After about a decade as bishop Peter “disappeared” for a year and lived quietly as a lay brother at an abbey in Switzerland.  When he was “found out,” the reluctant bishop was persuaded to return to his post.  He again focused many of his energies on the poor.

Peter died in 1175 on his way home from an unsuccessful papal assignment to reconcile the kings of France and England.

Saint of the Day: Lives, Lessons and Feast
By Leonard Foley, O.F.M.;
revised by Pat McCloskey, O.F.M.
(From http://www.americancatholic.org website)

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Franciscan Formation Reflection:

Love of Life and Suffering

 

Identifying with Christ – Is this the real goal of my life?  How much effort do I put into this?

Can my acceptance of pain I cannot avoid have a purifying role in my life?  If I unite my sufferings to Christ’s, can it ease my pain as well?

What is MY sense of appreciation for all the things that the Word Made Flesh has suffered for me?

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Secular Franciscan Order (SFO)
Rule #’s 8 & 9 of 26:

8. As Jesus was the true worshipper of the Father, so let prayer and contemplation be the soul of all they are and do.

Let them participate in the sacramental life of the Church, above all the Eucharist.  Let them join in liturgical prayer in one of the forms proposed by the Church, reliving the mysteries of the life of Christ.

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9.  The Virgin Mary, humble servant of the Lord, was open to His every word and call.  She was embraced by Francis with indescribable love and declared the protectress and advocate of his family. The Secular Franciscans should express their ardent love for her by imitating her complete self-giving and by praying earnestly and confidently.

♫“Do You Know the Way To … Emmaus?!”♫ – Luke 24:13-35†


 

Wednesday of the Octave of Easter

 

Today’s Content:

  • Dan’s Deliberations, Discoveries, & Declarations
  • Today in Catholic History
  • Joke of the Day
  • Today’s Gospel Reading
  • Reflection on Today’s Gospel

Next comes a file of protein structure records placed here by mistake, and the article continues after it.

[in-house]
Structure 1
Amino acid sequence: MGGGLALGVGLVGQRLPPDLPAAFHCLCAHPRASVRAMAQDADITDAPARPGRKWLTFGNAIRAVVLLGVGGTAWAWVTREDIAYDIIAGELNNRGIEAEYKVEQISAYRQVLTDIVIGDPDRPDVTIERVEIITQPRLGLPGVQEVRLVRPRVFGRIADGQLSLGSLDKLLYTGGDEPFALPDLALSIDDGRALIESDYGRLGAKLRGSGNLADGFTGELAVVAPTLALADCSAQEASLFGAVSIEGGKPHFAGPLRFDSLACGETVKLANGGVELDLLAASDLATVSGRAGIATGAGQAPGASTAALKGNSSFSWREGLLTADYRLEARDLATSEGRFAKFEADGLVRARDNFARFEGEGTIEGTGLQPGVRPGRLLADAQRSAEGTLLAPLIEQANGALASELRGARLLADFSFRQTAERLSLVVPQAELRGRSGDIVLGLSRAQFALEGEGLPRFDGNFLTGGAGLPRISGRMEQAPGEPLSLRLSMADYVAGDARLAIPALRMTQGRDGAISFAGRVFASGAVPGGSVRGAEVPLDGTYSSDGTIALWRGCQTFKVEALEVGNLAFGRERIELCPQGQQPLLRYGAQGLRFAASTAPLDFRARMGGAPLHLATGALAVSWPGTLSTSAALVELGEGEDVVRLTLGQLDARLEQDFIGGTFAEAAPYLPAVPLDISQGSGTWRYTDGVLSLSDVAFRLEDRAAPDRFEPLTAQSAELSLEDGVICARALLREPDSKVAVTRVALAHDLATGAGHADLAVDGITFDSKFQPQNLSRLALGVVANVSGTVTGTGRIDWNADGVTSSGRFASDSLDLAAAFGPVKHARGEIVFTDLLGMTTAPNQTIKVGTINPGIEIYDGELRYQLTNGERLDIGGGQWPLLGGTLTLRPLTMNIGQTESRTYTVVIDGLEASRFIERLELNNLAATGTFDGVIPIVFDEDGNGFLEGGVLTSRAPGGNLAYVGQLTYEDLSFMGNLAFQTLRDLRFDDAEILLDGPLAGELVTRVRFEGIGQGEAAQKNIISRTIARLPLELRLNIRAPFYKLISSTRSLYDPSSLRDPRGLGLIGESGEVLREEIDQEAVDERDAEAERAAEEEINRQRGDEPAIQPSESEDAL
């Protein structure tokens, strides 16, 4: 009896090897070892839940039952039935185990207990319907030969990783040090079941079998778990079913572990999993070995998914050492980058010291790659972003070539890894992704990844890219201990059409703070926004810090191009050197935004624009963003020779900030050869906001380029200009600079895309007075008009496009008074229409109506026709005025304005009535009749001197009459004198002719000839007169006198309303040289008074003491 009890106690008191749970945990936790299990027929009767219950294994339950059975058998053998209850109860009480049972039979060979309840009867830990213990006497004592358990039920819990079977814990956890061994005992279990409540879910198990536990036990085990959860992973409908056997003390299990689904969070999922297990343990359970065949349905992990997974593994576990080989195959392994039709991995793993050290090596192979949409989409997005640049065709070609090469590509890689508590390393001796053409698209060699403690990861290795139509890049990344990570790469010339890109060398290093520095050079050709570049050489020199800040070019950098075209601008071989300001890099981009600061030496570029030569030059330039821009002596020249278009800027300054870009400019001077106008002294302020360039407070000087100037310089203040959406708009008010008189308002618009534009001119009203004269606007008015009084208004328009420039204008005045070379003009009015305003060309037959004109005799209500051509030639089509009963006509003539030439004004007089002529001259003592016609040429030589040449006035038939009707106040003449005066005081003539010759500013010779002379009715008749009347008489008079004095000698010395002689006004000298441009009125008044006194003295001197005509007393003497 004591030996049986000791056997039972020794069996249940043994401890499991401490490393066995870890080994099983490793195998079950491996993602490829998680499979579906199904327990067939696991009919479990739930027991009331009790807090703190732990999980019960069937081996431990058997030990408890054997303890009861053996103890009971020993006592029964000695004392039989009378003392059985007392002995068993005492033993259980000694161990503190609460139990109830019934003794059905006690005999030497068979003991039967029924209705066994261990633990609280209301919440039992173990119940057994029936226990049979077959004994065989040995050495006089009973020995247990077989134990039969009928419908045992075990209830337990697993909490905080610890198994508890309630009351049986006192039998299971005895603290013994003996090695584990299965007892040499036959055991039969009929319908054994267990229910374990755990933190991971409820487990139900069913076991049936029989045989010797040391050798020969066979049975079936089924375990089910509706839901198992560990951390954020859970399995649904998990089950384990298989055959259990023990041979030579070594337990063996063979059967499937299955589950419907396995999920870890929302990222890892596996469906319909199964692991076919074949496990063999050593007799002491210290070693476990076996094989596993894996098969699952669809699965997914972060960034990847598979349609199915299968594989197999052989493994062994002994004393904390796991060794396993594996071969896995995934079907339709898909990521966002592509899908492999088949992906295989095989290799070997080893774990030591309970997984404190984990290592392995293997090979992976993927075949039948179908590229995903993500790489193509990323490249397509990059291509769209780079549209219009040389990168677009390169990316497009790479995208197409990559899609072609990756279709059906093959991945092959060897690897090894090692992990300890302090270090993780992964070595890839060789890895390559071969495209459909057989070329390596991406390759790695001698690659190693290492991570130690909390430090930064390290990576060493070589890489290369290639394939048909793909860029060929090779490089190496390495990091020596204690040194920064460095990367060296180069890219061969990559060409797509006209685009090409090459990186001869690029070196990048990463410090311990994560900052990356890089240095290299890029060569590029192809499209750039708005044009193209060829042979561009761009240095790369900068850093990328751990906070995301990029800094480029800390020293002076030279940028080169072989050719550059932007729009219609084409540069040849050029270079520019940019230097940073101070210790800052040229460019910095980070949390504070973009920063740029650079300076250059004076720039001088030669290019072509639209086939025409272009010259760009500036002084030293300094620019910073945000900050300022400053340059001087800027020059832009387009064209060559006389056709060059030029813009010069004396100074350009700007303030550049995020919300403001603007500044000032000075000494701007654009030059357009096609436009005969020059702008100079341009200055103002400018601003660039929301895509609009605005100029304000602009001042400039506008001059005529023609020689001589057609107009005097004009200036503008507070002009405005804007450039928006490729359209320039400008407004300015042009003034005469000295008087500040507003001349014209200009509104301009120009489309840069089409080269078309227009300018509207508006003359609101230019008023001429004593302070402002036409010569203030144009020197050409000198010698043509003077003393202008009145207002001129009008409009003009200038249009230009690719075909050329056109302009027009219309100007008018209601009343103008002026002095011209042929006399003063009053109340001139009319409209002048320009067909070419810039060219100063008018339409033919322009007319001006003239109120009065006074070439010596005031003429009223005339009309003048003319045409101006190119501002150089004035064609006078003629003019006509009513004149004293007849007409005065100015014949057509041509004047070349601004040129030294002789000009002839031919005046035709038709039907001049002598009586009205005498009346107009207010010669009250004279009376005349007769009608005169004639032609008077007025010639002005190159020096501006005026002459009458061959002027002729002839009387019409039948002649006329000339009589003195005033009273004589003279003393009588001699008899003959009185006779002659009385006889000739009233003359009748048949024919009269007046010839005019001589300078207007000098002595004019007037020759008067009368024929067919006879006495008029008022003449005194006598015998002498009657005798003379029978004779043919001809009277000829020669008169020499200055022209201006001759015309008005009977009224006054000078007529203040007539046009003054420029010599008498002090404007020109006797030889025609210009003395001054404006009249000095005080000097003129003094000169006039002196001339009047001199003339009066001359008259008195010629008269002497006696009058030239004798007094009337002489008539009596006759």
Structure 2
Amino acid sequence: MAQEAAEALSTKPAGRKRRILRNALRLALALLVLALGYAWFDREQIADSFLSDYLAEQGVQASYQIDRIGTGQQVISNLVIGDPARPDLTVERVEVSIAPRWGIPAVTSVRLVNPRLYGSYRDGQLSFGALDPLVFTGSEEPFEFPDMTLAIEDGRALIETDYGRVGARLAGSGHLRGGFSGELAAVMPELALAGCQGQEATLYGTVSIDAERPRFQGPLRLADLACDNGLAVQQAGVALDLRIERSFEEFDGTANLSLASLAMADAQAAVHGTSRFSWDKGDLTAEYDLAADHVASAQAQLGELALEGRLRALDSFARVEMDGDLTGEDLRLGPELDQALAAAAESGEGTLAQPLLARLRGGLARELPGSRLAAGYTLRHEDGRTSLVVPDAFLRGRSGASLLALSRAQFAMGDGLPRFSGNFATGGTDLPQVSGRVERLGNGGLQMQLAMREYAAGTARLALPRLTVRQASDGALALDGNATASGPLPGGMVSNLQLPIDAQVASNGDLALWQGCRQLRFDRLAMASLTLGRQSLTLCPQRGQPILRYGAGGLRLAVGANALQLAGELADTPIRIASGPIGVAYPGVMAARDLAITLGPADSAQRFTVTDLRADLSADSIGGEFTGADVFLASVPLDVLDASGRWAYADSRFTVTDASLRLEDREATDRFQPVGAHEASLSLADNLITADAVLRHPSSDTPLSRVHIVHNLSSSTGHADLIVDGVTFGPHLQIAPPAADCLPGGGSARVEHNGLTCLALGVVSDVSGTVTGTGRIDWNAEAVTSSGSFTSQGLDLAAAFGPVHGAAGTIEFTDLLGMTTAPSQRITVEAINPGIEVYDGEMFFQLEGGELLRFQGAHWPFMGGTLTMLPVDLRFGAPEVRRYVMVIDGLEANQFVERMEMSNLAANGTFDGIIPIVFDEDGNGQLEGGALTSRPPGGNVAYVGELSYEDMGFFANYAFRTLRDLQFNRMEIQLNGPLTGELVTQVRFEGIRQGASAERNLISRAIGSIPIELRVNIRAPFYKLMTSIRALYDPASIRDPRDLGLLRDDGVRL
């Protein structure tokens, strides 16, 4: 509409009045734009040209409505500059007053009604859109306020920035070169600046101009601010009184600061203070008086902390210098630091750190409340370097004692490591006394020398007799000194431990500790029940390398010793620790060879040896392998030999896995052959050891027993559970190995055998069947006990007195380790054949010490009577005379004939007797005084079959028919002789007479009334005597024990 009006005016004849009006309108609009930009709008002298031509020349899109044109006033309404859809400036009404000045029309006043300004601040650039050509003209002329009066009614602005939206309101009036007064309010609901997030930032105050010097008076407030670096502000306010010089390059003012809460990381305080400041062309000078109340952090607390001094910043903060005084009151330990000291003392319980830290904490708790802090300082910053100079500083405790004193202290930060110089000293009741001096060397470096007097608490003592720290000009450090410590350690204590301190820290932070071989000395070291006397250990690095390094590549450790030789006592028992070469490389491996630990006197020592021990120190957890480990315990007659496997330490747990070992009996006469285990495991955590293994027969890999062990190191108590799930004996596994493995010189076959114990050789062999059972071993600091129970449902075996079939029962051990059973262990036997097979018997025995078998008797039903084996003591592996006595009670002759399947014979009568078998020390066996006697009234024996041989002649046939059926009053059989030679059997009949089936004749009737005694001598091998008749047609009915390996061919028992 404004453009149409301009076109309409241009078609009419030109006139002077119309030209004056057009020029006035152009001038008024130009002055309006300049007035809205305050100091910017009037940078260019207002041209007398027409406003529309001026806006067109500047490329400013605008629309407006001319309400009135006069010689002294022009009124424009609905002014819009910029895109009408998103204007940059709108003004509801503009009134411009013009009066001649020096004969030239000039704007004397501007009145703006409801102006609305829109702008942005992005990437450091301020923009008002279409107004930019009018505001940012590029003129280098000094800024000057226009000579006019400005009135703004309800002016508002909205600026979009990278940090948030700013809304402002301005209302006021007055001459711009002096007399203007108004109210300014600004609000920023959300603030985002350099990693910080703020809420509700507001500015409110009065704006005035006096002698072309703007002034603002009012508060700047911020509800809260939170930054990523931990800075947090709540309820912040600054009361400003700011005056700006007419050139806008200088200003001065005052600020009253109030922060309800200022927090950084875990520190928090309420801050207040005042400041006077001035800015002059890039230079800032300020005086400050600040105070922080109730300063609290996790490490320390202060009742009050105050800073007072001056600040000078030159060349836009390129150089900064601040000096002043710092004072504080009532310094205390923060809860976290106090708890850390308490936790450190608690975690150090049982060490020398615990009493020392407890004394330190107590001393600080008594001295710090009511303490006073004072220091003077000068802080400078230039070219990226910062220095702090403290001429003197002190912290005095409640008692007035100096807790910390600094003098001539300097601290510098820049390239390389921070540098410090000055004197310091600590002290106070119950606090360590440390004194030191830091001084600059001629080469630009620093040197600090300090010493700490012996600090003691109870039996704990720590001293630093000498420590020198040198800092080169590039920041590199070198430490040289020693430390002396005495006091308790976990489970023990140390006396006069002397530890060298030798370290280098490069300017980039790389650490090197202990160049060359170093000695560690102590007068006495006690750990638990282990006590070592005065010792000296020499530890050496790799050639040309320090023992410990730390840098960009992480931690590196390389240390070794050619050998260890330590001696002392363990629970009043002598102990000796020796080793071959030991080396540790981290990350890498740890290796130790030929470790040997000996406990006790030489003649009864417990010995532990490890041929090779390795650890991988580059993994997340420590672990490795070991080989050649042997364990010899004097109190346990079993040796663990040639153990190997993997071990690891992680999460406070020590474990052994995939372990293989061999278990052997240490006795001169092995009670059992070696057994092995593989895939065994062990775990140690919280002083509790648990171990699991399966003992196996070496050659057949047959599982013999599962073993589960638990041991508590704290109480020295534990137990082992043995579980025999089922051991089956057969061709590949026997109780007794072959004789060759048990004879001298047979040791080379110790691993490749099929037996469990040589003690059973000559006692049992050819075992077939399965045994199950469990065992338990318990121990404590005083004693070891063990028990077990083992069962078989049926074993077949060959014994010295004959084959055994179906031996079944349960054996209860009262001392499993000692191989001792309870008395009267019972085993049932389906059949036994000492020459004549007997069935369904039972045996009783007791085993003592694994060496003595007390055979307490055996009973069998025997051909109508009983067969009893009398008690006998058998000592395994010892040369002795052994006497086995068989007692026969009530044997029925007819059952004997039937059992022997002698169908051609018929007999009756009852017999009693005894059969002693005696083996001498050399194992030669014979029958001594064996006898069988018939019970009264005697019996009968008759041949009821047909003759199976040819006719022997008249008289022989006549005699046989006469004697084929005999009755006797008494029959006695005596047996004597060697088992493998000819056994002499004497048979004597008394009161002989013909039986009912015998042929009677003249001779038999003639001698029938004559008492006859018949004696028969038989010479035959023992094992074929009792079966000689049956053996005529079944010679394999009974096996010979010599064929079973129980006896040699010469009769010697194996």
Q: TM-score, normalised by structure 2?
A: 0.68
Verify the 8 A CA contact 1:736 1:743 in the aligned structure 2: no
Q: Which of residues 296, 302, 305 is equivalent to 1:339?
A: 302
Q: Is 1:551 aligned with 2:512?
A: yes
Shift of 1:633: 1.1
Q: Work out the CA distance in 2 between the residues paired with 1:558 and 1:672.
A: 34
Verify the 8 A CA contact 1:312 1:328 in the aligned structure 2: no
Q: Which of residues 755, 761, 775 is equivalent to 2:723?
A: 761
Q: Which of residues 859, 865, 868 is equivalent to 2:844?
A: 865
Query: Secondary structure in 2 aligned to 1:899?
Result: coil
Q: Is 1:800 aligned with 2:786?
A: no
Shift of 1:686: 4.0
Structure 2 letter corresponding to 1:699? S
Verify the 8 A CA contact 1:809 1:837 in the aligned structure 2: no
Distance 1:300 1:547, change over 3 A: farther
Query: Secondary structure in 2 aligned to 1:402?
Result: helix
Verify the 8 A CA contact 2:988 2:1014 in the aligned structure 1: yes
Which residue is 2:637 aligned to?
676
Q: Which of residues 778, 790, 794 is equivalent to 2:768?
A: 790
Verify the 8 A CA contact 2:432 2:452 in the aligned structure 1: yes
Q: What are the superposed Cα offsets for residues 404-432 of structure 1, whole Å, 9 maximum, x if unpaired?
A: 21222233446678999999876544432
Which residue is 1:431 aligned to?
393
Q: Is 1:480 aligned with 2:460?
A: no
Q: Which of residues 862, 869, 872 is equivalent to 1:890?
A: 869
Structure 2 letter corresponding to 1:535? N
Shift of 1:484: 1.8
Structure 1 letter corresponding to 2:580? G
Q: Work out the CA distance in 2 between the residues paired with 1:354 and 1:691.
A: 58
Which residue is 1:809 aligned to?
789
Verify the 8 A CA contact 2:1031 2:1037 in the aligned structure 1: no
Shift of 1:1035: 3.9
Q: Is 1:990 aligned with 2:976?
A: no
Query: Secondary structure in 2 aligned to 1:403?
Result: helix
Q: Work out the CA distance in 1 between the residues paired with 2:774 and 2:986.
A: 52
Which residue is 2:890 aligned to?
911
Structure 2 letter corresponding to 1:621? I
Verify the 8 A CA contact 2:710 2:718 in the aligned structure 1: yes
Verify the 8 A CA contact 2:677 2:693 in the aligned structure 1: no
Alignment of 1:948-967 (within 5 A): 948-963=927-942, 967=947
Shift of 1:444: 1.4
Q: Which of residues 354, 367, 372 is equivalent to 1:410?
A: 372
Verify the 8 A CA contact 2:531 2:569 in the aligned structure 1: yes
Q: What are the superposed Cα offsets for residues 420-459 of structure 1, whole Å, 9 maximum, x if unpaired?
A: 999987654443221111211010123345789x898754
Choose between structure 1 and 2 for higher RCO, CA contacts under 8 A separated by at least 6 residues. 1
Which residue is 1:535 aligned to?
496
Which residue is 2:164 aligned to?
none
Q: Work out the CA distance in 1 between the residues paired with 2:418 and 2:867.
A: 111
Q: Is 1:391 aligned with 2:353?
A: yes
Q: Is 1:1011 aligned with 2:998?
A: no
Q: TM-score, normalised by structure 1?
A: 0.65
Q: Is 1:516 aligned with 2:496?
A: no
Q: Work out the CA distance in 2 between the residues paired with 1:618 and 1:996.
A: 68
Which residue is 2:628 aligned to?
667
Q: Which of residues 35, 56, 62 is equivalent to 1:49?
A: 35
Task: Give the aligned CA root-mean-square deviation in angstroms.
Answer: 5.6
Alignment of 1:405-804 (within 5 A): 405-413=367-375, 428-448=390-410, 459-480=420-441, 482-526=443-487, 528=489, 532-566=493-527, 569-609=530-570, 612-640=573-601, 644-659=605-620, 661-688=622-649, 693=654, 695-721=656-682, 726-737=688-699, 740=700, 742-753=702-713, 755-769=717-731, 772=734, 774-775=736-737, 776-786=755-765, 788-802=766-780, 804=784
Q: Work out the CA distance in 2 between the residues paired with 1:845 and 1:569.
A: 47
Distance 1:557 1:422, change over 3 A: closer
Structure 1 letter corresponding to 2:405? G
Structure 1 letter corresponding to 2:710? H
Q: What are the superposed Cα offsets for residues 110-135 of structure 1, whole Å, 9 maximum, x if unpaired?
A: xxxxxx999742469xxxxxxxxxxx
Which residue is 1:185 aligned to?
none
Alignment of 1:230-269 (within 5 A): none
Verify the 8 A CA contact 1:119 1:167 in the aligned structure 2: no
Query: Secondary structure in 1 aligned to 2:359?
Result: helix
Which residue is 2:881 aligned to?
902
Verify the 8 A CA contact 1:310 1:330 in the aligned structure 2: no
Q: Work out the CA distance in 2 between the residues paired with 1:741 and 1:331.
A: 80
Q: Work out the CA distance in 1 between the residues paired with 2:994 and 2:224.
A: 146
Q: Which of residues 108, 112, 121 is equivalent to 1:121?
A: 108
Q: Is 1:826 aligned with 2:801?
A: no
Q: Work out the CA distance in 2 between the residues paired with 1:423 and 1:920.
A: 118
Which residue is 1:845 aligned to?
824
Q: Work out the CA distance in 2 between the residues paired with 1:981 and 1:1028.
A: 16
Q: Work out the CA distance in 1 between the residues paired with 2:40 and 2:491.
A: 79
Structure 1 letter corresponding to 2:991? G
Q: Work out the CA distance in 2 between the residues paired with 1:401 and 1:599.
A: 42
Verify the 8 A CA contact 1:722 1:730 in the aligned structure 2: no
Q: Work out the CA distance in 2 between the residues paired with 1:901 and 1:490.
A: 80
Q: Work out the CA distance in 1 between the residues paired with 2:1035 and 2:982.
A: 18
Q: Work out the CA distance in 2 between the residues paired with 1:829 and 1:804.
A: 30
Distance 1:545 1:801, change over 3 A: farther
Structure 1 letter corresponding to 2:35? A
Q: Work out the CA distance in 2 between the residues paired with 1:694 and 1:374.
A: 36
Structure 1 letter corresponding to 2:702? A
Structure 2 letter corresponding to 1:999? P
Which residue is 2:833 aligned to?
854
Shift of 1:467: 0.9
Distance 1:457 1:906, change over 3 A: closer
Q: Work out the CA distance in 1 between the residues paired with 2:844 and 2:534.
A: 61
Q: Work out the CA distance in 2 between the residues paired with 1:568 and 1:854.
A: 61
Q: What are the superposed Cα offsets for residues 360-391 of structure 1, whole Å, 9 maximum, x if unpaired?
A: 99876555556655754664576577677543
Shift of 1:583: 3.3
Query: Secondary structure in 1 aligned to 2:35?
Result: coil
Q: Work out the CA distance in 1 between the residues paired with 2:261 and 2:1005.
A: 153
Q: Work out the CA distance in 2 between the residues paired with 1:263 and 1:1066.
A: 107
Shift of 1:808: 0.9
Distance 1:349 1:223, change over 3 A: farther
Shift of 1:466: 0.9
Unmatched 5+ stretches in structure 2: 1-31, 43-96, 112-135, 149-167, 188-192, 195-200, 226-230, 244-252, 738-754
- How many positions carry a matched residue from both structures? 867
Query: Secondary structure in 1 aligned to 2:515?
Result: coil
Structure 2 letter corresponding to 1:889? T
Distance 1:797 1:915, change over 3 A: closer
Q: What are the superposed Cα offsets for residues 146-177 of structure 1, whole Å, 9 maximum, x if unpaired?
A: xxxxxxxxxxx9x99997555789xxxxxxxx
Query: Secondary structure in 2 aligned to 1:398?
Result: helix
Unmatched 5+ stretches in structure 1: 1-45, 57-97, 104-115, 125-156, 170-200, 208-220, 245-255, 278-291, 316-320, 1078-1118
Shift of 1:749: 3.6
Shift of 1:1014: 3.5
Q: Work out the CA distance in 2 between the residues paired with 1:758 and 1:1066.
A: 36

• New Translation of the Mass
  • A Franciscan’s Saint of the Day
  • Franciscan Formation Reflection
  • Reflection on part of  the SFO Rule

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Dan’s Deliberations, Discoveries, & Declarations:

With a bitter-sweet feeling, I am announcing that this will be my last WEDNESDAY Gospel reflection blog.  The Sunday Gospel blog will continue as always; hopefully getting better in the end result.

I have been attempting to finish TWO books, plus some other ventures – – all with little success due to time.  With changing my format somewhat, I hopefully can achieve a greater success in my other areas of interest.

I still plan on blogging throughout the week, just not to the extent I am presently, and without an enormous amount of meditation, reflection, and multiple rewrites and changes.  Thank you all for your understanding.

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Today in Catholic History:

†   1509 – Pope Julius II excommunicates (places under interdict) Italian state of Venice
†   1522 – Battle at Bicacca: Charles I & Pope Adrianus VI beat France
†   1605 – Death of Leo XI, [Alessandro O de’ Medici], Italian Pope, at age 69 (b. 1535)
†   1613 – Death of Robert Abercromby, Scottish Jesuit (b. 1532)
†   1939 – Birth of Stanislaw Dziwisz, Polish Cardinal
†   Feasts/Memorials: Saint Floribert; Saint Liberalis; Saint Mariana; Saint Zita

(From the “On This Day” Blog Site
otday.wordpress.com &/OR
“Today in Catholic History”
http://www.historyorb.com)